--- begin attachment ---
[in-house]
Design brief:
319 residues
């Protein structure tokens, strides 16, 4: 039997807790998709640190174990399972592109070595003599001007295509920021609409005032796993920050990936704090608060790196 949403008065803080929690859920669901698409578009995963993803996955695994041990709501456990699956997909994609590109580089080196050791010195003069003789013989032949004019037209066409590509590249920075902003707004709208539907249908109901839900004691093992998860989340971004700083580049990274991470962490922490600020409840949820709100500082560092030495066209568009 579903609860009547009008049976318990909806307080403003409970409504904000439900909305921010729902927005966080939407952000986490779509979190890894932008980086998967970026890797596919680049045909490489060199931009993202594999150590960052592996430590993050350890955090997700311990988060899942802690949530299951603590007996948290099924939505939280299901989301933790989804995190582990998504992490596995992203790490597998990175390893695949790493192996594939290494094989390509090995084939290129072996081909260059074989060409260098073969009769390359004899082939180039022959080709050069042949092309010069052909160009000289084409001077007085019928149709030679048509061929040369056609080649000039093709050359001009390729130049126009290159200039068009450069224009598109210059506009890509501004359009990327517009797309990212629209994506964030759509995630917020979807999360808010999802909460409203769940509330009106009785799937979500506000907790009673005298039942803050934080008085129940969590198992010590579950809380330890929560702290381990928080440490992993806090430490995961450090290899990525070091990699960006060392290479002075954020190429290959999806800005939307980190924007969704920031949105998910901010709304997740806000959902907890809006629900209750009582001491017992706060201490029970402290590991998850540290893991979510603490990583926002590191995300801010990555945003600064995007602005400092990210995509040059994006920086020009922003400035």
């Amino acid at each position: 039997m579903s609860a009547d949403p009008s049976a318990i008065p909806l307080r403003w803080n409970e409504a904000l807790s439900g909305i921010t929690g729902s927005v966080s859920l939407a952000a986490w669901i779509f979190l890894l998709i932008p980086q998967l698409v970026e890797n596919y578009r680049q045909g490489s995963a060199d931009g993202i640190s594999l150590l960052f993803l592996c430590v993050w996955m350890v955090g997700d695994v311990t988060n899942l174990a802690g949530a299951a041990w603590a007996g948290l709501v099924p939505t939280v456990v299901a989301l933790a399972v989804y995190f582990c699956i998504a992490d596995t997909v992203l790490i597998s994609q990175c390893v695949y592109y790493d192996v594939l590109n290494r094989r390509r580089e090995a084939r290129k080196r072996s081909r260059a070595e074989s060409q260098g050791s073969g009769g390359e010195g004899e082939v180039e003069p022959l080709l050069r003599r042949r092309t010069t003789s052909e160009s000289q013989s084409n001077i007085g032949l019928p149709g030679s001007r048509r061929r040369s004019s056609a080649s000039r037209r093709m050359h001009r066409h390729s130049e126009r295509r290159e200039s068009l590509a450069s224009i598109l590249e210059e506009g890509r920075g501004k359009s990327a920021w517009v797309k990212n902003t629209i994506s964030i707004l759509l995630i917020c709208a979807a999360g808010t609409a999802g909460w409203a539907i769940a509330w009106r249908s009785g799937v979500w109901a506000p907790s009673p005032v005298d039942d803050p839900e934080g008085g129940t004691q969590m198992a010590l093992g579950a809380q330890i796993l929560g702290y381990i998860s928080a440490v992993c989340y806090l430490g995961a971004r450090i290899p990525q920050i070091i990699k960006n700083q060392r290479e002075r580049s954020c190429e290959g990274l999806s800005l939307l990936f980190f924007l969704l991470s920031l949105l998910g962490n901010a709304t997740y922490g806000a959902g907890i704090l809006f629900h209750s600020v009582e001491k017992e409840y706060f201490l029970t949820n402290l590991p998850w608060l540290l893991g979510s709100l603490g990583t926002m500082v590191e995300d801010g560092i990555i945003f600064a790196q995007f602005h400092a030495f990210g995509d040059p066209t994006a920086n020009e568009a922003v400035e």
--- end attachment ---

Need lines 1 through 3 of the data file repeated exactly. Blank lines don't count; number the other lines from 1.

[in-house]
Design brief:
319 residues